Above all, a successful monetary union also requires a strong political commitment among its member countries, as members cede a part of their sovereignty in the economic decision-making process. In addition, a centralized monetary policy within a decentralized fiscal system requires strict adherence to fiscal convergence and greater flexibility in labor and product markets. In this regard, accelerating domestic structural reforms in the individual countries could facilitate the process of integration and enhance its ultimate success. To the countries of the GCC area: you have our best wishes and our commitment to help in any way we can.

    George T. Abed

    Director

    Middle Eastern Department

    Preface

    The GCC countries decided at the end of 2001 to create a monetary union by 2010. These countries have already made important progress toward economic and financial integration since efforts started in the early 1980s, including the recent adoption of a unified common external tariff. Further progress toward efficient integration and the creation of a monetary union will likely strengthen the environment for non-oil economic growth and create employment opportunities for a rapidly growing national labor force—two important challenges facing GCC countries. However, important steps lie ahead on the way to establish a common currency. This Occasional Paper examines these steps, such as a common code of fiscal conduct, institutional requirements, and structural policies, needed for a successful monetary union among the GCC countries.

    The Occasional Paper is the product of a team effort coordinated by Ugo Fasano of the Middle Eastern Department. The main authors are Ugo Fasano and Andrea Schaechter (Monetary and Financial Systems Department). Rina Bhattacharya, Ibrahim Al Gelaiqah, Behrouz Guerami, Shehadah Hussein, Bright Okogu, Van Can Thai, and John Wilson (all of the Middle Eastern Department at the time the paper was prepared) contributed to the appendixes. The authors are grateful to Zubair Iqbal for his guidance and support, and to a number of other colleagues from various departments in the IMF—in particular George T. Abed, Lorenzo Perez, David Burton, Pierre Dhonte, Paul Chabrier, Jean Le Dem, George Tsibouris, Shigeo Kashiwagi, Patricia Brenner, and Hamid Davoodi—for comments received at various stages of the paper. They would also like to thank Behrouz Guerami and Binta Terrier for excellent research assistance, and Esha Ray of the External Relations Department for editing the paper and coordinating its publication.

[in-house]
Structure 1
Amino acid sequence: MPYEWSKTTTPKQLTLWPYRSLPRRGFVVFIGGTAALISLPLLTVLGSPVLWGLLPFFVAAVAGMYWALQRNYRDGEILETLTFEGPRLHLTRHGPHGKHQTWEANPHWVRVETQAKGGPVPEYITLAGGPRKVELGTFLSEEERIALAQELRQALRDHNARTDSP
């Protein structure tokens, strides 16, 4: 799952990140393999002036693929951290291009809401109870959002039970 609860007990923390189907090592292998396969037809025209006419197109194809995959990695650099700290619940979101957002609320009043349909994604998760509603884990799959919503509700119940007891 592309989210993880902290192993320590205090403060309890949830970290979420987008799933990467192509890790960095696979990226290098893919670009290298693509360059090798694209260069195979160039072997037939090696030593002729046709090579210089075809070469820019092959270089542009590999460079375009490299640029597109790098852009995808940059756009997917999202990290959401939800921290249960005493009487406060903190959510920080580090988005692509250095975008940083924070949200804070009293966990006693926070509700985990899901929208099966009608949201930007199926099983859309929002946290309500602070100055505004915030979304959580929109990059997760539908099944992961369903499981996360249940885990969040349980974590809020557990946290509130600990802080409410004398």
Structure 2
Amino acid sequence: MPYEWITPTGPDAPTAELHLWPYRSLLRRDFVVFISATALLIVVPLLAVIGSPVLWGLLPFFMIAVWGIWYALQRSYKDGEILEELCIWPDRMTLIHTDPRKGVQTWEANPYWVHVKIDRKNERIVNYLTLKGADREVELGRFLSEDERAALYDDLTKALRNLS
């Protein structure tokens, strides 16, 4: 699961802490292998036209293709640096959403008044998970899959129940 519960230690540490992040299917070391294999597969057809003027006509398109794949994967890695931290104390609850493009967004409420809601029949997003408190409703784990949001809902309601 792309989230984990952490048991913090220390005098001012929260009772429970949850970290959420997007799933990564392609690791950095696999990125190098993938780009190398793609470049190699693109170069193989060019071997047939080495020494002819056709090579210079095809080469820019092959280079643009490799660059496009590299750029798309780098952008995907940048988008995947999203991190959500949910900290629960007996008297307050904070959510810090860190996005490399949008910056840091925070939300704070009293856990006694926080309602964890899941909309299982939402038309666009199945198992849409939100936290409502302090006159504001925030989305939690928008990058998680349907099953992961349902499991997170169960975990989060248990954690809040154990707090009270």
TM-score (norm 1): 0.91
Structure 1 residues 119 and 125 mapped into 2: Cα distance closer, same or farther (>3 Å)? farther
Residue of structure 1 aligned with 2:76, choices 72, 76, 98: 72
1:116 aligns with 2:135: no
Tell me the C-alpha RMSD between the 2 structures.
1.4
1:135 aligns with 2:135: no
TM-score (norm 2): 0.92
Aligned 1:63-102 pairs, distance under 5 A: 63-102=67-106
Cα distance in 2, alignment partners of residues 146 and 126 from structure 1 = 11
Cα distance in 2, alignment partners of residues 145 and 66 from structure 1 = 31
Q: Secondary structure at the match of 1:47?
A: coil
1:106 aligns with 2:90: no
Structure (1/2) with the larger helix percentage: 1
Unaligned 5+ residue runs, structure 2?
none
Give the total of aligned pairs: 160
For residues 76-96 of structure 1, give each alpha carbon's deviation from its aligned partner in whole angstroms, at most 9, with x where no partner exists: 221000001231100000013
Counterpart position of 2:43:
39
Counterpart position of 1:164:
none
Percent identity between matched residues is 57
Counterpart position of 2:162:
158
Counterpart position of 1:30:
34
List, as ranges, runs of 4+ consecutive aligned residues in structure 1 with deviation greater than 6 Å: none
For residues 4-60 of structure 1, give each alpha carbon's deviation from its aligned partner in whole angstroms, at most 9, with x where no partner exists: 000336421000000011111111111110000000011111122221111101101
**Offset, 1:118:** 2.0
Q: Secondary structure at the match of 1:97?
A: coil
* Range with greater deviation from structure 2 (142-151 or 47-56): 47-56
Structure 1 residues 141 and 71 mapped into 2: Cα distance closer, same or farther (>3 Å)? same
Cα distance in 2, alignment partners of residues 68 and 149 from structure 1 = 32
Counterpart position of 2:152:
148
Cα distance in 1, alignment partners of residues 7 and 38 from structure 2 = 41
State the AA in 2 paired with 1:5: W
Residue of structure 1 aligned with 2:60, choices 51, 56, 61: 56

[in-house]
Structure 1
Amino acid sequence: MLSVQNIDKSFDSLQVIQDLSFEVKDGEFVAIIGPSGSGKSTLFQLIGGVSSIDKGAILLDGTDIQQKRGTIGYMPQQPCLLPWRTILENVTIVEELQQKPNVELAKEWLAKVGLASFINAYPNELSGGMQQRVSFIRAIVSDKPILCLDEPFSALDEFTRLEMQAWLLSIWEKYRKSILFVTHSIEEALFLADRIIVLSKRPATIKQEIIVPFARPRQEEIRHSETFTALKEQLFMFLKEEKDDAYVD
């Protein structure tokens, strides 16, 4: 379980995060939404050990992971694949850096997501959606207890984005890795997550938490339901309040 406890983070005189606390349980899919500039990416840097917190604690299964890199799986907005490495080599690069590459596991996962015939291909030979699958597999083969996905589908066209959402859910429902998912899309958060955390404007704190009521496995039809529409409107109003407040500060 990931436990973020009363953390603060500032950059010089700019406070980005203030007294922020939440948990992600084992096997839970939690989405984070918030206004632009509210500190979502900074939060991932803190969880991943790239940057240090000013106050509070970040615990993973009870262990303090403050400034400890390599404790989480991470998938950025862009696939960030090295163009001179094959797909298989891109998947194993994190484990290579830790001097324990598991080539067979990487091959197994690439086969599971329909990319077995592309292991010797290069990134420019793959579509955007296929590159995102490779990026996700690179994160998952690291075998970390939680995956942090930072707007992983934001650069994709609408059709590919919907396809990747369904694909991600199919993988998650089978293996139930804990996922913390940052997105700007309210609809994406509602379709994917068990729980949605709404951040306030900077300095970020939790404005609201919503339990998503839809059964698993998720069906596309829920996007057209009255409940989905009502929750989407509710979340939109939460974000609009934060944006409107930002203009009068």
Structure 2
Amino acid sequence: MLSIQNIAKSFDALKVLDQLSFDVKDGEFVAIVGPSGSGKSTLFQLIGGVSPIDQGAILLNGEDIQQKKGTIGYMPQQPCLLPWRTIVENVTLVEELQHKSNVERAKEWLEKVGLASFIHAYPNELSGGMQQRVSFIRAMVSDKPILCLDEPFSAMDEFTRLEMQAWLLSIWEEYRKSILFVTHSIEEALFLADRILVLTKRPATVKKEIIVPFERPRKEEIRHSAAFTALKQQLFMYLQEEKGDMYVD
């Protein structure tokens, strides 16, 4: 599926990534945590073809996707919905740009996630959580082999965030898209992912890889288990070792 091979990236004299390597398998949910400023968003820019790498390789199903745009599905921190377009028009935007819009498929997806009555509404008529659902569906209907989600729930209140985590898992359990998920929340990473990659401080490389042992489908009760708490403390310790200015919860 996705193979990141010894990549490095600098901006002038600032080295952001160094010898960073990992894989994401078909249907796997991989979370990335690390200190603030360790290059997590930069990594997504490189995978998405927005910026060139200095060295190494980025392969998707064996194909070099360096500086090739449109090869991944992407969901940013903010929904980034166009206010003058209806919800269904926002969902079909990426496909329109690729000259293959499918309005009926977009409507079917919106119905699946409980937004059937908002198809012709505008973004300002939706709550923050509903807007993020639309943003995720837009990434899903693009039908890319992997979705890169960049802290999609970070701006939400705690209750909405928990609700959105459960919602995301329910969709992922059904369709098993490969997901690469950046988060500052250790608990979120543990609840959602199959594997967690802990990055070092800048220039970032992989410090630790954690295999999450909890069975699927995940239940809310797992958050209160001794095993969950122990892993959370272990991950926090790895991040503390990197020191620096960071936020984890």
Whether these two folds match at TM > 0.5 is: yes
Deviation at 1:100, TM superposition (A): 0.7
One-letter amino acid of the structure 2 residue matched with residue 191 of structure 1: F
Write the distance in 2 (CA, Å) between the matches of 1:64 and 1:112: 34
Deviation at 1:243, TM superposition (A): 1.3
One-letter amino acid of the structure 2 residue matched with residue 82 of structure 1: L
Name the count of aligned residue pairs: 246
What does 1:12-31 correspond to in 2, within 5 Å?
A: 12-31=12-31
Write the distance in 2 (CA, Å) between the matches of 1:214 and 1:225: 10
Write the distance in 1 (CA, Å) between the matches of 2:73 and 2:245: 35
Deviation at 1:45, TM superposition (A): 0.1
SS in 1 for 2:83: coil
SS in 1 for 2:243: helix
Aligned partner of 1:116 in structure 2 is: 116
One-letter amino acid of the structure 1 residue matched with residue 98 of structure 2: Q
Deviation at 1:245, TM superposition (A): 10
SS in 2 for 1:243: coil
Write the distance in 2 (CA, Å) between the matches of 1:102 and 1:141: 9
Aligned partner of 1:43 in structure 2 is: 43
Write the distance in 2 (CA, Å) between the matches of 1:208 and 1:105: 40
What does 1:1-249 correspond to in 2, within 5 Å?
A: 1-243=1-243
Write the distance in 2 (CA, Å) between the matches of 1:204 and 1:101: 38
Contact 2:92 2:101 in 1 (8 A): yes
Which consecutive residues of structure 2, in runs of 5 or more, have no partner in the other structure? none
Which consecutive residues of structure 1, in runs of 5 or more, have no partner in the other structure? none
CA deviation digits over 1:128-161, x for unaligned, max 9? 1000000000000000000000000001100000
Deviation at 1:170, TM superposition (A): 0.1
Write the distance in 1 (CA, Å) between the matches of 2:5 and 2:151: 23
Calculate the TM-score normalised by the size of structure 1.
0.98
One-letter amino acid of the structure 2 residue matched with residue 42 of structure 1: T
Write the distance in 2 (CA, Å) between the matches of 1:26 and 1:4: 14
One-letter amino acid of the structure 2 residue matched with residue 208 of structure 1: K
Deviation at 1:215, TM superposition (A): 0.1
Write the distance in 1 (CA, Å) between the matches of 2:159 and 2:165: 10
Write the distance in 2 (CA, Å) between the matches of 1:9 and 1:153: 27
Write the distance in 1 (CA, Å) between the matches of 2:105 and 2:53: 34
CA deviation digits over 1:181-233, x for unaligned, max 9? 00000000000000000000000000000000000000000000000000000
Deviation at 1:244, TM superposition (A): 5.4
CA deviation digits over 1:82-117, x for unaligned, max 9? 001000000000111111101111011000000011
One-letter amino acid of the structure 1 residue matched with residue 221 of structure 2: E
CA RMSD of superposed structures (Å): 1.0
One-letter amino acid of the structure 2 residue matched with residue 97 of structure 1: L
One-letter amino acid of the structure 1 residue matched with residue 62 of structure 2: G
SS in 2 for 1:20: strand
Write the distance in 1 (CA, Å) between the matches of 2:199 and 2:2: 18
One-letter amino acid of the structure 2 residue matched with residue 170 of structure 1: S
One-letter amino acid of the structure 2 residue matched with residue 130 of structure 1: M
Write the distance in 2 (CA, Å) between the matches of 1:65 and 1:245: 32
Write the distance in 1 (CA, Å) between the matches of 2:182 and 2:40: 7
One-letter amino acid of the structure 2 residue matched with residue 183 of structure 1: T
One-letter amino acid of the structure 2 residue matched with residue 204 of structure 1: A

The opinions expressed in the paper are those of the authors and do not necessarily represent the views of the national authorities, the IMF, or IMF Executive Directors.

    Abbreviations and Acronyms

    AML

    Anti-money laundering

    CPI

    Consumer price index

    BEAC

    Banque des États de l’Afrique Centrale

    BCEAO

    Banque Centrale des États de l’Afrique de l’Ouest

    BMA

    Bahrain Monetary Agency

    CAEMC

    Central African Economic and Monetary Community

    CMA

    Common Monetary Area

    CARICOM

    Caribbean Community and Common Market

    DCP

    Debt Collection Program

    ECB

    European Central Bank

    ECCB

    Eastern Caribbean Central Bank

    ECCU

    Eastern Caribbean Currency Union

    EMS

    European Monetary System

    EMU

    European Economic and Monetary Union

    ERM

    Exchange rate mechanism

    ESCB

    European System of Central Banks

    EU

    European Union

    FATF

    Financial Action Task Force

    FDI

    Foreign direct investment

    GCC

    Cooperation Council for the Arab States of the Gulf

    GDP

    Gross domestic product

    LNG

    Liquefied natural gas

    OPEC

    Organization of Petroleum Exporting Countries

    QMR

    Qatar monetary rate

    REER

    Real effective exchange rate

    SAMA

    Saudi Arabian Monetary Agency

    WAMU

    West African Monetary Union

    WAEC

    West African Economic Community

    WAEMU

    West African Economic and Monetary Union

    WTO

    World Trade Organization